The town of North Beach, Maryland is considering repealing their pit bull ban and replacing it with a generic dangerous dog ordinance. The proposal is designed to compliment the county’s ordinance, and was brought about because officials realized the task of breed identification is difficult, if not impossible, thus making their current breed specific ordinance unenforceable. The proposal would deem dogs dangerous by their disposition, not their breed.
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N. Beach considers amending pit bull ban
by KATIE FITZPATRICK, Staff writer
The North Beach Town Council is considering prohibiting ownership of all dangerous animals rather than banning a specific breed of dog in the town.
An ordinance to amend Chapter 26 of the town code, which bans the ownership of pit bulls in the town, was introduced during the April 12 town council meeting. The amended ordinance would allow residents to own pit bulls and if any animal bites someone unprovoked they could be deemed dangerous and appropriate action will be taken.
Council member Ken Wilcox said he wrote the amendment to “piggyback on the county’s own ordinance,” referring to the county’s dangerous dog ordinance. He said the town is not “advocating any sort of euthanization, but we’re doing it to protect our own citizens.”
Wilcox said the need for the amendment stemmed from an incident last year where the county investigated a dog bite and deemed the dog dangerous. Wilcox said the dog was believed to be a pit bull, but because there was no proof, “enforcement was nearly impossible”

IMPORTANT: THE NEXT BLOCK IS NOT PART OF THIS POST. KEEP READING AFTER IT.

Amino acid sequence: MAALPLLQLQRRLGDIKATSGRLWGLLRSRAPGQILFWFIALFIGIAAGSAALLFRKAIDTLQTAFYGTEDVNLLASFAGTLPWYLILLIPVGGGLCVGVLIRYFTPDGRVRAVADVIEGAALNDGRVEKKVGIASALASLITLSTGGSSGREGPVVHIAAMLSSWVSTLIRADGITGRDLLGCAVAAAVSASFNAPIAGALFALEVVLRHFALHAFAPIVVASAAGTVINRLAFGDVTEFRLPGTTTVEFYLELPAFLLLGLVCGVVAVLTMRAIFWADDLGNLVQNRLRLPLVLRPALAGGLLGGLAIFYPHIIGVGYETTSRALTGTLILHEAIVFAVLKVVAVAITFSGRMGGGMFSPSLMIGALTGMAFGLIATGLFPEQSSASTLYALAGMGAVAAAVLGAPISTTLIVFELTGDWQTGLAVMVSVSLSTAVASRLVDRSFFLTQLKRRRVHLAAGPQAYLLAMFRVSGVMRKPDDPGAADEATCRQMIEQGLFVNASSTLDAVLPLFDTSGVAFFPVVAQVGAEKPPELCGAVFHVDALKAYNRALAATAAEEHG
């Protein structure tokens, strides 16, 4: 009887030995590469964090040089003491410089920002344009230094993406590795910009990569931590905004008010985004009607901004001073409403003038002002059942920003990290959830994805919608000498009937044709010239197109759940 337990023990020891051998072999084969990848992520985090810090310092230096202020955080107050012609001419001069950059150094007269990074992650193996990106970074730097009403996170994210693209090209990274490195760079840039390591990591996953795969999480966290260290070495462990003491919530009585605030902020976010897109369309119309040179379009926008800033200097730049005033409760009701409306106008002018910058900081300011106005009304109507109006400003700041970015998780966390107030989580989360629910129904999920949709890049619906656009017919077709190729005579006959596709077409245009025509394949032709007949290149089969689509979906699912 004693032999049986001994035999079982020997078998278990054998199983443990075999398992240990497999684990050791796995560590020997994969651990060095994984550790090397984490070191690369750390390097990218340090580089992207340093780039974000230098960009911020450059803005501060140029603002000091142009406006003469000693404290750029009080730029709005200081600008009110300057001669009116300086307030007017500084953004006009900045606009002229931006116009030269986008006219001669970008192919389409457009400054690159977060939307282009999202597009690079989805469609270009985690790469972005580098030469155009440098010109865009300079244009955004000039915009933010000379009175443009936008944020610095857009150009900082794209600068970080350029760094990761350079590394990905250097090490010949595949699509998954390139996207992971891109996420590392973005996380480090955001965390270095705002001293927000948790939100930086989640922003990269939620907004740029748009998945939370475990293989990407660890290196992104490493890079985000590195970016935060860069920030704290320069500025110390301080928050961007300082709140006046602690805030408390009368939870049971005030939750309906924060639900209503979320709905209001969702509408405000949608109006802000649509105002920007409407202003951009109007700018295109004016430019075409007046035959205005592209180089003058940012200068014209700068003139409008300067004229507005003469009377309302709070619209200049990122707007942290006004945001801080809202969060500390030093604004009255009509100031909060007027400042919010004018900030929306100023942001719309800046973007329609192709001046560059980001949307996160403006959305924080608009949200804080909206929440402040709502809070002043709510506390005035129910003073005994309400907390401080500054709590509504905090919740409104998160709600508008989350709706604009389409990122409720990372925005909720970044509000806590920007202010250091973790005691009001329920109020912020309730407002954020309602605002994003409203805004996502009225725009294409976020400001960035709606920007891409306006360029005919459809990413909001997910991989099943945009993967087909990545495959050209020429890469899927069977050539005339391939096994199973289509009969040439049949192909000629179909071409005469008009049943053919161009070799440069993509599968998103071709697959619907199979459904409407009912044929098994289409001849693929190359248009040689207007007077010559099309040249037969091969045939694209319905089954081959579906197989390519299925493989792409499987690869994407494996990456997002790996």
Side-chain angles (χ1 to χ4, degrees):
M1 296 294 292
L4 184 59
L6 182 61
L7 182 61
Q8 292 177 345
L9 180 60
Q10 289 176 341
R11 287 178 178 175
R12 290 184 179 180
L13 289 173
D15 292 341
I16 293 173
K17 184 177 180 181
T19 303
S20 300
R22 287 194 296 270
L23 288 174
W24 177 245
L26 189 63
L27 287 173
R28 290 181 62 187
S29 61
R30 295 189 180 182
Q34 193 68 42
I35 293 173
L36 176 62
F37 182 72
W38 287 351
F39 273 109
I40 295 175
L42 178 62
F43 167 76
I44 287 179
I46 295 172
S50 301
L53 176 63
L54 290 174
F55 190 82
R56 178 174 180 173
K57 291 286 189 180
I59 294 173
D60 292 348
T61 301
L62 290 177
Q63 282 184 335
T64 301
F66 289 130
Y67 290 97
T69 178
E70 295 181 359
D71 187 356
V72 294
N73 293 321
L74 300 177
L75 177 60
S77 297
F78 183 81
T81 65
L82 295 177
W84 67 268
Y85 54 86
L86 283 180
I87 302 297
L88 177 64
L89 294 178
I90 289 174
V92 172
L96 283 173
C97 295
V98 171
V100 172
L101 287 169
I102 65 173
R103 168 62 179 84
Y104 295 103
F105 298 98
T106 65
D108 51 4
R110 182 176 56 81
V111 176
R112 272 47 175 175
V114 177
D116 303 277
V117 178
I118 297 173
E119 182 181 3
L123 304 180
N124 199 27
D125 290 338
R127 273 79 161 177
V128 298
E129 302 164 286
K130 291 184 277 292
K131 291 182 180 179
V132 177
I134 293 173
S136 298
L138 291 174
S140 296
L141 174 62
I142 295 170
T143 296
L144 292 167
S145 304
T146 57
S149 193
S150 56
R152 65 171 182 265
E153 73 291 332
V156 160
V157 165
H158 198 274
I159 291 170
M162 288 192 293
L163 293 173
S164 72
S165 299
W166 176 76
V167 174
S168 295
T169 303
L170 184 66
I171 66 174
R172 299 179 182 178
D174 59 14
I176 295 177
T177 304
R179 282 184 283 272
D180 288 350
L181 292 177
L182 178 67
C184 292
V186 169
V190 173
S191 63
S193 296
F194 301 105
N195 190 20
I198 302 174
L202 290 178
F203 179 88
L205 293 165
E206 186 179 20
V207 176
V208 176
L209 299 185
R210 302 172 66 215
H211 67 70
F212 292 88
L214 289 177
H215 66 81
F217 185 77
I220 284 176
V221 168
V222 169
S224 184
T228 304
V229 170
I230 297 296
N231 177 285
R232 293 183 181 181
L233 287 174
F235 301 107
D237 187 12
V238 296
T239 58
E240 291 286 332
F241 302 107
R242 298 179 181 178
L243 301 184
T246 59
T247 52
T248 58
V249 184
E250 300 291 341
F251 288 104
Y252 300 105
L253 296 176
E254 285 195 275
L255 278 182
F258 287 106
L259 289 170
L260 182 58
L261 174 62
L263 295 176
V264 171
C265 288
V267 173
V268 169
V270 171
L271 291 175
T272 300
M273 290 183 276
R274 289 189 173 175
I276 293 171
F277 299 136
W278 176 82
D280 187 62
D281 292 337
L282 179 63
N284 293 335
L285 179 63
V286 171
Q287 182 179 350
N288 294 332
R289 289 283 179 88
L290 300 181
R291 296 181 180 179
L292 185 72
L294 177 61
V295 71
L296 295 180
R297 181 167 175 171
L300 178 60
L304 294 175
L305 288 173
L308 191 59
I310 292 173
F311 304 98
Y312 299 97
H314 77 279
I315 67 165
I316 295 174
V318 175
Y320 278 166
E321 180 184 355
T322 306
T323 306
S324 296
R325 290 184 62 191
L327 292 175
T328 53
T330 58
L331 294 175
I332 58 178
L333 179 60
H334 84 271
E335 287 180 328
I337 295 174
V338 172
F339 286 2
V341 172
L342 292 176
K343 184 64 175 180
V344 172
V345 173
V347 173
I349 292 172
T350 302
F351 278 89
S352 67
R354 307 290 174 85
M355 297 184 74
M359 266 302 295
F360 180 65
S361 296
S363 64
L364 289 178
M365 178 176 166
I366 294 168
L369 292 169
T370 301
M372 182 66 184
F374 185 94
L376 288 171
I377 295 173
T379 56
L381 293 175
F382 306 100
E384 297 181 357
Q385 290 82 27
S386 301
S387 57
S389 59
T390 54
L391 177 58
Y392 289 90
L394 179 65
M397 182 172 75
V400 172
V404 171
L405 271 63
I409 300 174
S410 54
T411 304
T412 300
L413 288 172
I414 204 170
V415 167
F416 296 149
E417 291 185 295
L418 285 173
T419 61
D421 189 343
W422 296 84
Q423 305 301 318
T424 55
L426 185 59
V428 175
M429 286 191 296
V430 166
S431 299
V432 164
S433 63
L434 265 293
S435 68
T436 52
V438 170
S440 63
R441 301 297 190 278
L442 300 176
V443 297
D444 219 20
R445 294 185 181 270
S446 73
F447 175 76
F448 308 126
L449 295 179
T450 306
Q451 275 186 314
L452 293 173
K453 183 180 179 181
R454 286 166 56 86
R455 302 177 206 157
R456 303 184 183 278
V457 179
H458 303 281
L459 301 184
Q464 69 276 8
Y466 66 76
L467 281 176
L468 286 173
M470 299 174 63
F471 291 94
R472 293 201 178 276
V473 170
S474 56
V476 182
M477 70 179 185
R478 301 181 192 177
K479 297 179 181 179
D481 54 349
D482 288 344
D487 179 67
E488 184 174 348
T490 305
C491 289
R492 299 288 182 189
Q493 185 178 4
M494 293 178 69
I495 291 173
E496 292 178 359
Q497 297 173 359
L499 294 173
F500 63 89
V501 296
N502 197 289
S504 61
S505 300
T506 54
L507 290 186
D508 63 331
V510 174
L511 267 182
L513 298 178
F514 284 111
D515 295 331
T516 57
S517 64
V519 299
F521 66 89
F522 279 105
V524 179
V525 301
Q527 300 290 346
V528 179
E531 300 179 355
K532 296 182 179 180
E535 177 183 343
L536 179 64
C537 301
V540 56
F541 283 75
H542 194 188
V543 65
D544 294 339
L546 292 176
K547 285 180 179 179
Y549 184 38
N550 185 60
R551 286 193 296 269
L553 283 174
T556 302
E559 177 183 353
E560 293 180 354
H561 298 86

“We were stuck with an animal that was in a townhouse community with lots of children there, where we did believe it was one of the breeds that were banned to be in town but it turned out to be nearly impossible to enforce,” Wilcox said.
The purpose of the amendment, Wilcox said, is to “go along with the idea that … it’s [the animal’s] disposition, not their breed.”
Laurel Matthews with the Calvert Animal Welfare League said she reviewed the proposed amendment and is thankful that the pit bull ban, “known otherwise as breed specific legislation or breed discriminatory legislation,” was being considered for removal.
Matthews said she did have some concerns that the ordinance says that any dog that bites can still be removed from the town, “so we’re kind of going back to the removal of animals in the community instead of addressing the behavioral issues.” She said she hopes the town considers adding a requirement for behavioral assessment of the animal by a certified animal behaviorist to see what may have caused the animal to bite.
Matthews said she also had concerns about what the term “provoked” could mean, because “… provocation can be many things. Is it an innocent child that pulls a tail or an ear and the dog is not used to that behavior?”
Shay said if a dog is deemed dangerous, the owners can still go through an appeal process and have the judgment overturned.